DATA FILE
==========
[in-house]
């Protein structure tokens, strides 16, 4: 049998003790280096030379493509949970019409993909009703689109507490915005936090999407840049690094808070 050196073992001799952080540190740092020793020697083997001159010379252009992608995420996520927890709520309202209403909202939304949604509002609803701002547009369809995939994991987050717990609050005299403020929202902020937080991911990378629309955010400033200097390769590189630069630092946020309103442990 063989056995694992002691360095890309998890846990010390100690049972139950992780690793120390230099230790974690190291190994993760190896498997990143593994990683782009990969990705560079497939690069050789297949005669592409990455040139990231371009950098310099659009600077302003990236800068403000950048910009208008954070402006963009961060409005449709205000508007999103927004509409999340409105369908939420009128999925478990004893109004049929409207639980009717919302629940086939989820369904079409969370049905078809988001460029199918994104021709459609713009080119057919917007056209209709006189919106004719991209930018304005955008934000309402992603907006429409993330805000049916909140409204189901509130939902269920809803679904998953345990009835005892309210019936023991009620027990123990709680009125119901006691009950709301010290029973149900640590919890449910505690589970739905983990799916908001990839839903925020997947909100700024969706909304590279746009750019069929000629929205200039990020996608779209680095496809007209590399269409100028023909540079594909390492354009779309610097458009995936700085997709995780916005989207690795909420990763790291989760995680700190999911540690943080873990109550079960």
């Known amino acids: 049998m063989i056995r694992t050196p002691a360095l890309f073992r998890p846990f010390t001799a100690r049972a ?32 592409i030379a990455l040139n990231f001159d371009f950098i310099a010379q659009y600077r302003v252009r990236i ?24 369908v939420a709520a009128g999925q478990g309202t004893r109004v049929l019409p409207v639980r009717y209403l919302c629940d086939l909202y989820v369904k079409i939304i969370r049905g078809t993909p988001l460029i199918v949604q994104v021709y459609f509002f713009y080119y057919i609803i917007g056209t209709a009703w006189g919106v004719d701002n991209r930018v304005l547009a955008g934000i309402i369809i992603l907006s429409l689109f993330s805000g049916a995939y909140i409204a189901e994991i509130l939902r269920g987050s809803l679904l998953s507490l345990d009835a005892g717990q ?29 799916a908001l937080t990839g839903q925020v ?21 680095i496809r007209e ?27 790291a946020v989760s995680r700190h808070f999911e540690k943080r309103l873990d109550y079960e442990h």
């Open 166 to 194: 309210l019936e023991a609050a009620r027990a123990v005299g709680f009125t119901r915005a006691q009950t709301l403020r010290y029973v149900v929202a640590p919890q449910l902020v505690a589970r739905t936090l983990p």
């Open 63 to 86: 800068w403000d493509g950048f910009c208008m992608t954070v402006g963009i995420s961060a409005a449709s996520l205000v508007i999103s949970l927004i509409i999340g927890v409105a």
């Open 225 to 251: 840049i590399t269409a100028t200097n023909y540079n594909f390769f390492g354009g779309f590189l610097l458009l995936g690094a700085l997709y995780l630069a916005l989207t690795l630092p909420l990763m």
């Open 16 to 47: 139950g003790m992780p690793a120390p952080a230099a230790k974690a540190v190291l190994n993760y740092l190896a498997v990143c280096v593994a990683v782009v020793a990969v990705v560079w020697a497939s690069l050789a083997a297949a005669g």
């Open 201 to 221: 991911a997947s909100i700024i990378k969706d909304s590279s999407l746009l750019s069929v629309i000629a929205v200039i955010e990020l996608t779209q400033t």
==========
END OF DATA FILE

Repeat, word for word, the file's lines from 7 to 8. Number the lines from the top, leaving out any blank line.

């Open 16 to 47: 139950g003790m992780p690793a120390p952080a230099a230790k974690a540190v190291l190994n993760y740092l190896a498997v990143c280096v593994a990683v782009v020793a990969v990705v560079w020697a497939s690069l050789a083997a297949a005669g």
């Open 201 to 221: 991911a997947s909100i700024i990378k969706d909304s590279s999407l746009l750019s069929v629309i000629a929205v200039i955010e990020l996608t779209q400033t």